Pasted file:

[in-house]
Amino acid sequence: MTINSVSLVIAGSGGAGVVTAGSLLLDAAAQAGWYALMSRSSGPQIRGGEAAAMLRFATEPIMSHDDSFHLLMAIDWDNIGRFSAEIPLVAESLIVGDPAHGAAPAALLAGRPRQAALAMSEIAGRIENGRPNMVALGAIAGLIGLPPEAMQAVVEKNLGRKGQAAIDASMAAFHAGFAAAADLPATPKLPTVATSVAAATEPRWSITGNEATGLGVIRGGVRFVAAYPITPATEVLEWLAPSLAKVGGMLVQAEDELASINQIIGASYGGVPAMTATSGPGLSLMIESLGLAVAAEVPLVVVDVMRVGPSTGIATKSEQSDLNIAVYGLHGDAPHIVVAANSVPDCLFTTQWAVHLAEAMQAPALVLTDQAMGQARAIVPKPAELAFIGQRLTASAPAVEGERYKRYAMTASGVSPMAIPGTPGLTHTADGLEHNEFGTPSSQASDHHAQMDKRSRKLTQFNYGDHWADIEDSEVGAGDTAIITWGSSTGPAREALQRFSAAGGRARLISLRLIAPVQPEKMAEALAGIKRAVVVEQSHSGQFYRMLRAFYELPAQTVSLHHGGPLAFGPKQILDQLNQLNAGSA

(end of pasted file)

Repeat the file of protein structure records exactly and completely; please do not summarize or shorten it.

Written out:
[in-house]
Amino acid sequence: MTINSVSLVIAGSGGAGVVTAGSLLLDAAAQAGWYALMSRSSGPQIRGGEAAAMLRFATEPIMSHDDSFHLLMAIDWDNIGRFSAEIPLVAESLIVGDPAHGAAPAALLAGRPRQAALAMSEIAGRIENGRPNMVALGAIAGLIGLPPEAMQAVVEKNLGRKGQAAIDASMAAFHAGFAAAADLPATPKLPTVATSVAAATEPRWSITGNEATGLGVIRGGVRFVAAYPITPATEVLEWLAPSLAKVGGMLVQAEDELASINQIIGASYGGVPAMTATSGPGLSLMIESLGLAVAAEVPLVVVDVMRVGPSTGIATKSEQSDLNIAVYGLHGDAPHIVVAANSVPDCLFTTQWAVHLAEAMQAPALVLTDQAMGQARAIVPKPAELAFIGQRLTASAPAVEGERYKRYAMTASGVSPMAIPGTPGLTHTADGLEHNEFGTPSSQASDHHAQMDKRSRKLTQFNYGDHWADIEDSEVGAGDTAIITWGSSTGPAREALQRFSAAGGRARLISLRLIAPVQPEKMAEALAGIKRAVVVEQSHSGQFYRMLRAFYELPAQTVSLHHGGPLAFGPKQILDQLNQLNAGSA